Wikiwarfare: How Wikipedia's Platform And Inherent Bias Makes It A Perfect Tool For Propagandists
Wikipedia, the "online encyclopedia" is, despite all the jokes about how flawed and biased it is due to design, still one of the first stops for information seekers on the world wide web. The issues, however, have not lessened over the years and with more and more focus on how delusion and disinformation spread online, Wikipedia certainly deserves a closer look.
Due to allowing "anyone in the world" to write "anything they want" (as The Office's Michael Scott puts it) is bound to cause a few problems. Due to the prevalence of the site and how it's user-gathered and edited results are so easily altered by anyone, it's become a magnet for "propaganda trolls." When multiple entities take it upon themselves to wage war via "social propaganda" Wikipedia and Google search results often become important "turf" in such territorial cyber-squabbles. Spamming social media and other channels of communication, editing Wikipedia and working to manipulate your and/or your opponent's SEO have become a part of a practice that is something akin to the evil twin of social media marketing.
I know what you're thinking, "but social media marketing was already pretty evil!" Ok, fine then, social propaganda is the eviler twin of social media marketing.
This has resulted in what are called "Wiki wars." Individuals or groups who use MediaWiki platforms to influence Google's search engine and shape the narrative are engaging in a form of cyberwarfare. A modern form of Psyops that's far more advanced than old practices like dropping pamphlets from helicopters.
Gamergate was an example of a topic which inspired heated "wiki warfare" to help control the narrative and influence the sentiment related to whatever person, topic, idea or event was presented on the proving grounds.
"as sophisticated methods" as used by foreign agents.
Google search often defers to Wikipedia for a quick "answer" to a query. Is Gamergate misogynist? Is kratom dangerous? The answers to these highly charged questions may come straight from Google via quoting a Wikipedia article in the "info sidebar" on the top right of the browser window when you enter a simple query.
Wikipedia (which is also used by Siri to answer queries) is often vandalized by those who have some ideological ax to grind, for example, the vandals who had Donald Trump's Wikipedia hacked to reveal a picture of a penis during searches. The Wiki/Siri/Trump/penis vandalism actually occurred multiple times.
Similarly, Google blamed Wikipedia vandalism for their sidebar explaining that one of the planks of the California GOP was "Nazism."
We've heard a lot about election meddling from foreign sources in the mainstream news, but not much about the domestic forces, corporate money, opposition research firms and intelligence agencies. Somehow, though, when it was revealed that the Roy Moore election was tampered with by Johnothon Morgan of the New Knowledge firm by planting a "false flag" spreading rumors online that Moore's supporters were actually a Russian botnet. Then there are all those other "American individuals and interests" who are scuffling in the dark for control of Wikipedia and, with that, greater narrative shaping capability.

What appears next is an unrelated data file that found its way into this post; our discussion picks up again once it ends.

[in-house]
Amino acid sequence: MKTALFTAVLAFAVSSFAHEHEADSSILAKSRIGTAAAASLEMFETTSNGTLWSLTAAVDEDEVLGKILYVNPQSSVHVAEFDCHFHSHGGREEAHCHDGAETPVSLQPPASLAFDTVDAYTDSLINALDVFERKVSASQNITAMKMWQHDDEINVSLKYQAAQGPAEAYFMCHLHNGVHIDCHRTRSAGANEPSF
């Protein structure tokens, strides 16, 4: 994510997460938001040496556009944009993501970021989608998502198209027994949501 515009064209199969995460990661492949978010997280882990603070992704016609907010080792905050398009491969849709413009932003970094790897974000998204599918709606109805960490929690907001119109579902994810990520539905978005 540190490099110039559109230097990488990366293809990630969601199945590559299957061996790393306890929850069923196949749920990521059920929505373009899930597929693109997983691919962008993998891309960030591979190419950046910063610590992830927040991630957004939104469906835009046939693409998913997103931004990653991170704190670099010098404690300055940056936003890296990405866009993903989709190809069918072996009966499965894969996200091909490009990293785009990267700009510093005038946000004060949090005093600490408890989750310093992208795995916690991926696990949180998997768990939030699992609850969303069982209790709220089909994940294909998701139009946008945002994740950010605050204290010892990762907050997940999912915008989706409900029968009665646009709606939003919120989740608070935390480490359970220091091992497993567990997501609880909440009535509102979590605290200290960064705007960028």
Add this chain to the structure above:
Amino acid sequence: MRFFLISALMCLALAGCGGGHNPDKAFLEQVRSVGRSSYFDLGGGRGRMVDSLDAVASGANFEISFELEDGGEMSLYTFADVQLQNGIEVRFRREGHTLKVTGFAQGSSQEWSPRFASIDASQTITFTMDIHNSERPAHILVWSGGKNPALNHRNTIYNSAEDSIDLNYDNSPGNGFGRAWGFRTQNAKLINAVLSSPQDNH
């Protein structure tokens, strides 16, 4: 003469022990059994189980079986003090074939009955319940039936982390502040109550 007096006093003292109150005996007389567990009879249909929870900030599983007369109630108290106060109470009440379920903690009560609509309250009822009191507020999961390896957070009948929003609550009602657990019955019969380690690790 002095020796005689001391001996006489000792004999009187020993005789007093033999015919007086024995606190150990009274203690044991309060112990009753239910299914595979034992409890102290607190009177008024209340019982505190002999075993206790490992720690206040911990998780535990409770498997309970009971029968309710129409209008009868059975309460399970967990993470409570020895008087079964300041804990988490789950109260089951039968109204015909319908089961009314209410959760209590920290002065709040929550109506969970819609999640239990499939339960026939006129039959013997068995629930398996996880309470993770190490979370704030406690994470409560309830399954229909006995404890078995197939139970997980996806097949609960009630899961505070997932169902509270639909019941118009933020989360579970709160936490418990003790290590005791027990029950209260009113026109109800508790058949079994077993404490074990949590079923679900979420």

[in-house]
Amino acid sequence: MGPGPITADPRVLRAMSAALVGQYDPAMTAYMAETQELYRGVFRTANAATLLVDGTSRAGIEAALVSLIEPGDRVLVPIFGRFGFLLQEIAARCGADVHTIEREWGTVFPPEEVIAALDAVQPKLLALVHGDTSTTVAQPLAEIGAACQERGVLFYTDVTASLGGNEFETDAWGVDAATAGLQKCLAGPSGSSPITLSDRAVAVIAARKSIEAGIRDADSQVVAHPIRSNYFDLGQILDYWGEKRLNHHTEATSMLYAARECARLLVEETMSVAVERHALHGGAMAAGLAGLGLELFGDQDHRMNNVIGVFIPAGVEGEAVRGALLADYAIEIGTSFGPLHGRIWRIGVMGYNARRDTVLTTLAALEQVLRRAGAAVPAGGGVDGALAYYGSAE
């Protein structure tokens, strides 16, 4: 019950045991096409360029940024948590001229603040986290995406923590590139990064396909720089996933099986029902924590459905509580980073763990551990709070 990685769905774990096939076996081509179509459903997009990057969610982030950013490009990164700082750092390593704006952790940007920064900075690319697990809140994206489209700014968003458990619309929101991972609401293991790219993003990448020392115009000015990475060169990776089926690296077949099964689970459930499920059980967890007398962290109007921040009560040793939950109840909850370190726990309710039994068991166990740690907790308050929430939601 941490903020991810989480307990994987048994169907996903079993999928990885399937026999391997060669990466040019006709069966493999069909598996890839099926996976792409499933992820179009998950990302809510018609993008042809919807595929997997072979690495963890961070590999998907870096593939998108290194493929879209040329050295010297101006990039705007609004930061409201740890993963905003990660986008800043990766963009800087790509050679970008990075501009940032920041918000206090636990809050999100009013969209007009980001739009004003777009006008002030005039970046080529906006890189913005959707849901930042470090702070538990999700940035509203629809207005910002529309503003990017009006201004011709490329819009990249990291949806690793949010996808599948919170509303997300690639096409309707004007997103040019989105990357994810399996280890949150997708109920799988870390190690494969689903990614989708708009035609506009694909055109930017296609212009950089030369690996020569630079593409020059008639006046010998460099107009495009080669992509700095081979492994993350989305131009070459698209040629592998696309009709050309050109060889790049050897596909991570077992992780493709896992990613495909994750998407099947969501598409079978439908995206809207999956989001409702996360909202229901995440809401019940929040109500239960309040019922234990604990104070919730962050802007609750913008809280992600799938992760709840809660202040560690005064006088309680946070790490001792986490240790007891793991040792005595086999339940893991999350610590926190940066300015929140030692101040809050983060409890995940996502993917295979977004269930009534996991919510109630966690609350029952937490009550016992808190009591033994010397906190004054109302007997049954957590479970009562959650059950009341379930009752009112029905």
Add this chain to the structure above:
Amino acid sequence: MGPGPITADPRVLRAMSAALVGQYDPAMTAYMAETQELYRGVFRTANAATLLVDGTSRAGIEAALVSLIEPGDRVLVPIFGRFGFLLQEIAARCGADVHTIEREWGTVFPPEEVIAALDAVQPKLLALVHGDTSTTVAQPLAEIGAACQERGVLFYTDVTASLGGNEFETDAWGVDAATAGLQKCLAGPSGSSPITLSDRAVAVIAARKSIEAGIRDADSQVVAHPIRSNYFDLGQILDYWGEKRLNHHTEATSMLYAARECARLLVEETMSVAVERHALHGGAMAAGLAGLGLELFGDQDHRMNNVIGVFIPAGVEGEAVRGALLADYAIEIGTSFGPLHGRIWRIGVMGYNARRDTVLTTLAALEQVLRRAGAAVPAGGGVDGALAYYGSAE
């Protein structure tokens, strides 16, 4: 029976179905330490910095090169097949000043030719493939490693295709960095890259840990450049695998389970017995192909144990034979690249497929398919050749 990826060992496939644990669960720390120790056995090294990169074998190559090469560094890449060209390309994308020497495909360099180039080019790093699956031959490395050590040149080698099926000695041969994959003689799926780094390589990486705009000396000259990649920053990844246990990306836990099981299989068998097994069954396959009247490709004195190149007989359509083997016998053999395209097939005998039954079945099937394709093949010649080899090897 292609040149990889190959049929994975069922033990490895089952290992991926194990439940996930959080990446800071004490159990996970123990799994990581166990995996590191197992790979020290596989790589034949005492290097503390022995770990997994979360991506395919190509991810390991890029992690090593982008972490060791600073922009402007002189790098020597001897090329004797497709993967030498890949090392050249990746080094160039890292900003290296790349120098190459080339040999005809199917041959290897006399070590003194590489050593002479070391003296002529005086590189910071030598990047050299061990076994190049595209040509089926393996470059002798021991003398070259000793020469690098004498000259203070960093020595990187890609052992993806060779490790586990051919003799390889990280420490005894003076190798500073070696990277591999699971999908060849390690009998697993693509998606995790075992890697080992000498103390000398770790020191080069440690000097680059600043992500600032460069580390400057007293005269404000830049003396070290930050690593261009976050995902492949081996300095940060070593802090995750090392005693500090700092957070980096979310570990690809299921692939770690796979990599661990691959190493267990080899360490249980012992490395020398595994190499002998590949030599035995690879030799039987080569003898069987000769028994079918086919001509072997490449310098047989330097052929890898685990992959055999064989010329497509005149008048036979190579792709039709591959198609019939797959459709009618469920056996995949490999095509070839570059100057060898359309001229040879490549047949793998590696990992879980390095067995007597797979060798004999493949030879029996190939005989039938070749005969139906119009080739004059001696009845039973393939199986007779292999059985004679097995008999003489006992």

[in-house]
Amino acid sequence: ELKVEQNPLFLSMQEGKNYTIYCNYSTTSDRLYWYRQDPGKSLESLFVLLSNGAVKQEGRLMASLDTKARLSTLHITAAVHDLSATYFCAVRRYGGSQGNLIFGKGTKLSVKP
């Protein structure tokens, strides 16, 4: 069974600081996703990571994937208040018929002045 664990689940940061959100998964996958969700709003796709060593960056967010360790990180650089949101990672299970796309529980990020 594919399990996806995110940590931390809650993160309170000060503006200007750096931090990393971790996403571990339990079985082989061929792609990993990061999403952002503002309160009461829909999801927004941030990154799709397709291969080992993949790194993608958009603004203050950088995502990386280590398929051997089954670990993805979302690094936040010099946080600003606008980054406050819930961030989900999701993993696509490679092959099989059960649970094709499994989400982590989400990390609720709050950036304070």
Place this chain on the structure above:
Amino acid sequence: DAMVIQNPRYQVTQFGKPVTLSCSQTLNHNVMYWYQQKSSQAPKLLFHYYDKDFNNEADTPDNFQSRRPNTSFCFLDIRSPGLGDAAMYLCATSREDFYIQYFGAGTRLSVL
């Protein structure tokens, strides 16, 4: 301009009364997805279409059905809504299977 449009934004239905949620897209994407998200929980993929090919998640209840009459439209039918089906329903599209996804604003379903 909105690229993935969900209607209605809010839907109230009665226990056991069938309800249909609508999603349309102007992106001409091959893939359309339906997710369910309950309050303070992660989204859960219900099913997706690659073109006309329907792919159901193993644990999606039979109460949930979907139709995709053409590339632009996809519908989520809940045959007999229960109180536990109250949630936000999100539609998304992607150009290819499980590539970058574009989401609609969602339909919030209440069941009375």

But what about the cases that aren't US citizens? Does that still count?
Noam Chomsky warned that Russia was not and could not be nearly as influential or dangerous to our democracy as Israel has been and continues to be. The very idea that Russia poses a danger while Israel ignored was "a joke" according to Dr. Chomsky.
"Israeli intervention in U.S. elections vastly overwhelms anything the Russians may have done," Dr. Chomsky said. "I mean, even to the point where the prime minister of Israel, Netanyahu, goes directly to Congress, without even informing the president, and speaks to Congress, with overwhelming applause, to try to undermine the president’s policies—what happened with Obama and Netanyahu in 2015. Did Putin come to give an address to the joint sessions of Congress trying to—calling on them to reverse U.S. policy, without even informing the president?"
"And that’s just a tiny bit of this overwhelming influence."
Below you'll see a short segment from Arutz Sheva TV in Israel "As a way of example, if someone searches the Gaza flotilla, we want to be there. We want to be the guys who influence what is written there, how it's written and to ensure that it's balanced and Zionist in nature."
Whoaaaa, there Kemo-Sabe. Did you want to ensure that it's truthful and balanced or did you want to make sure you influence what's written there and that it's "Zionist in nature?" Hate to break it to you, but you can't have both there, buddy.
SCIENTOLOGY: MAKING WIKIPEDIA SAFE FOR THE HUBBARD LOVING SET
Scientology has been banned from editing Wikipedia for about a decade now. This after numerous complaints of Scientologists peddling propaganda and pushing personal vendettas against former Scientologists turned whistleblowers and anti-Scientology or general anti-cult activists and reporters.
The CIA deferred to the Glomar response, admitting they can not confirm the story, but noted they'd like to "in any case to underscore a far larger and more significant point that no one should doubt or forget: The CIA has a vital mission in protecting the United States, and the focus of this agency is there, on that decisive work."
So in other words, yeah, we did it, but we're not going to admit we did it and besides "national security." And that's the crux of it right there. All these groups warring in cyberspace using social media, search engine ranking, Google and Wikipedia as their battlefield have disparate goals in mind. The end goal they all share, however, is quite simply to affect the information you consume and by doing so, shape your opinions, beliefs and even actions.